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Re: Ebony-like binding
- To: Multiple recipients of list BOOK_ARTS-L <BOOK_ARTS-L@xxxxxxxxxxxxxxxx>
- Subject: Re: Ebony-like binding
- From: "Jack C. Thompson" <tcl@xxxxxxxxxxxx>
- Date: Mon, 5 Aug 1996 17:25:03 -0800
- Message-id: <199608061216.FAA12166@SUL-Server-2.Stanford.EDU>
- Sender: "The Book Arts: binding, typography, collecting" <BOOK_ARTS-L@xxxxxxxxxxxxxxxx>
It does seem like papier-mache. Not the stuff we may have done in junior
high school art classes, with flour paste and strips of newsprint, but pulp
and linseed oil, brought to a high temperature and put into hydraulic molds
heated with steam heat.
Body panels on carriages, and the houses for a village (in England) have
been made of this material. Not many book covers, however, so the few such
books which have survived are reasonably valuable. I have only seen one.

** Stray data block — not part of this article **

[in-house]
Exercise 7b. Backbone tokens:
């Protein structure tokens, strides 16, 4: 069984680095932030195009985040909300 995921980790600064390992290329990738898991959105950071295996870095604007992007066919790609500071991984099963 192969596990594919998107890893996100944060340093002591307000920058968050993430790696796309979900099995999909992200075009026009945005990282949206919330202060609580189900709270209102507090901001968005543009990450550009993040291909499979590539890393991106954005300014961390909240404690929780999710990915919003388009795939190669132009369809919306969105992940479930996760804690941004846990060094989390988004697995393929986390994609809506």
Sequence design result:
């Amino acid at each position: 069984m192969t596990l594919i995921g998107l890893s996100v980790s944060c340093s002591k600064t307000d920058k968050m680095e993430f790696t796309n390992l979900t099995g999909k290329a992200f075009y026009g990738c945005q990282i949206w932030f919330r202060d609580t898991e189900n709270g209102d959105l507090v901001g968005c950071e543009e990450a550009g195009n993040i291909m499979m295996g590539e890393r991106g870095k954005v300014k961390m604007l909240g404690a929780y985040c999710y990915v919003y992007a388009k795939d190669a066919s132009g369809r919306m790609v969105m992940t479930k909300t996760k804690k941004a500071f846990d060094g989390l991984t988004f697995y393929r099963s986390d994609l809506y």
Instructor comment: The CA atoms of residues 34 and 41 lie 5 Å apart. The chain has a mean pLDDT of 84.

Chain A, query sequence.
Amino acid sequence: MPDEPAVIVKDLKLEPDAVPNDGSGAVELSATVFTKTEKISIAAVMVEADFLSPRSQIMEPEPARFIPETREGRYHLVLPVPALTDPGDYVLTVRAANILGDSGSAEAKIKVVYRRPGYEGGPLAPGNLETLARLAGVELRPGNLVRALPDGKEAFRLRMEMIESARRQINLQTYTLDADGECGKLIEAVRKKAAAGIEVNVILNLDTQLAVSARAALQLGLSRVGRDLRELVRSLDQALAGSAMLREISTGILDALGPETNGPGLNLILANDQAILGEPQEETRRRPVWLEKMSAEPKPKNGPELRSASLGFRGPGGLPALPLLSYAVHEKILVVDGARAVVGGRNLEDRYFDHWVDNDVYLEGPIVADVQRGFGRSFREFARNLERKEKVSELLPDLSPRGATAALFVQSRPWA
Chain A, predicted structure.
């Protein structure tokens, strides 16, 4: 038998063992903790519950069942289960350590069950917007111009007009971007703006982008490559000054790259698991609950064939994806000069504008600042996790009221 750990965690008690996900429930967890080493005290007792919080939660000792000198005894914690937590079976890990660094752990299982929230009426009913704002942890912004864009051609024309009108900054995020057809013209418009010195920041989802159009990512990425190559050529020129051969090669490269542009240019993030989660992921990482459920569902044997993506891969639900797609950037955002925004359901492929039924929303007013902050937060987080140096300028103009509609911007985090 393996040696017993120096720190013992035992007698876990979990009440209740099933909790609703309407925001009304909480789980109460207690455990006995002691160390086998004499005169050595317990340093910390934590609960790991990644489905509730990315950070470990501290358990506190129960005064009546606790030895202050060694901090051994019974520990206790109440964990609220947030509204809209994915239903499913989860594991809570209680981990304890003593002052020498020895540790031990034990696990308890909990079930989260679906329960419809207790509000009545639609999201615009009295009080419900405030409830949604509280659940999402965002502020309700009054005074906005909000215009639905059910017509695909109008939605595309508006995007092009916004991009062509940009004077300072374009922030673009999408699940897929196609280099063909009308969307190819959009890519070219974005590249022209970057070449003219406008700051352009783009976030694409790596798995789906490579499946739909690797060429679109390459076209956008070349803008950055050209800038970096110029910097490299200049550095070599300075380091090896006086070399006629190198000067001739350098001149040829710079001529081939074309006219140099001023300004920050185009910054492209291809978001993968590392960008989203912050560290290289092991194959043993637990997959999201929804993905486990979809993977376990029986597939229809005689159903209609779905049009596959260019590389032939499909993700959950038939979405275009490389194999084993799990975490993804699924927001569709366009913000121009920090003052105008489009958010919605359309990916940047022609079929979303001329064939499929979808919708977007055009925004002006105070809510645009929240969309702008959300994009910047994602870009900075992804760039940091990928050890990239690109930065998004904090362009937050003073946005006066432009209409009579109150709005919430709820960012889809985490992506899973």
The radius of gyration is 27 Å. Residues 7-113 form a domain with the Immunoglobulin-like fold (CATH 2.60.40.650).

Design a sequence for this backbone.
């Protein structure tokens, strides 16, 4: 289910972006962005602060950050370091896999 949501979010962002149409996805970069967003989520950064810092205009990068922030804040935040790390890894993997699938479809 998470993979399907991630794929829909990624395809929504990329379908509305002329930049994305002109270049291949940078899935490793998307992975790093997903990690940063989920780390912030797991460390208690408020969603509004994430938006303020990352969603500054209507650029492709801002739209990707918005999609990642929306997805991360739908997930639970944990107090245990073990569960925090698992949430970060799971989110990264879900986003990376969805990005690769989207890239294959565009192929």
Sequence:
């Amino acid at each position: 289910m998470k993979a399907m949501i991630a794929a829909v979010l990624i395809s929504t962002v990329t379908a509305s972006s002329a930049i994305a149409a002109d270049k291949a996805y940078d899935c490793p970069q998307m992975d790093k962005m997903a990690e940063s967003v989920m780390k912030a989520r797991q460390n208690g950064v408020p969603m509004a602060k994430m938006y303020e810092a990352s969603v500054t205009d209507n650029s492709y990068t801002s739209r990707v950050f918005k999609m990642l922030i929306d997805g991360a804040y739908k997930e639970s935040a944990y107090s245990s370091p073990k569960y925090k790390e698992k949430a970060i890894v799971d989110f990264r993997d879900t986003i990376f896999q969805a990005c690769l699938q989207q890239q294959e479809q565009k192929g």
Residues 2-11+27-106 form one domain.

Bernard Middleton discusses this binding material in his book: _A History
of English Bookbinding Technique_, London, Hafner Publishing Co., 1963.
>A client brought this by recently: SENTIMENTS AND SIMILES OF WILLIAM
>SHAKESPEARE by Henry Noel Humphreys, published by Longman, Brown, Green
>and Longmans in London in 1851. The boards on first look appear to be
>intricately carved ebony, with a cameo portrait of Shakespeare in the
>center. But on closer inspection, the material is some sort of cast or
>molded, hard, plastic-like material. Some one has suggested this
>is laquered papier-mache, but it seems much too dense. Does anyone have
>any idea what the material is and/or any information about this book?
Jack C. Thompson
Thompson Conservation Laboratory
The Caber Press * Istor Productions
7549 N. Fenwick
Portland, OR 97217
"Is a half-wit herbalist only parseley sage?"
Don Guyot, 1996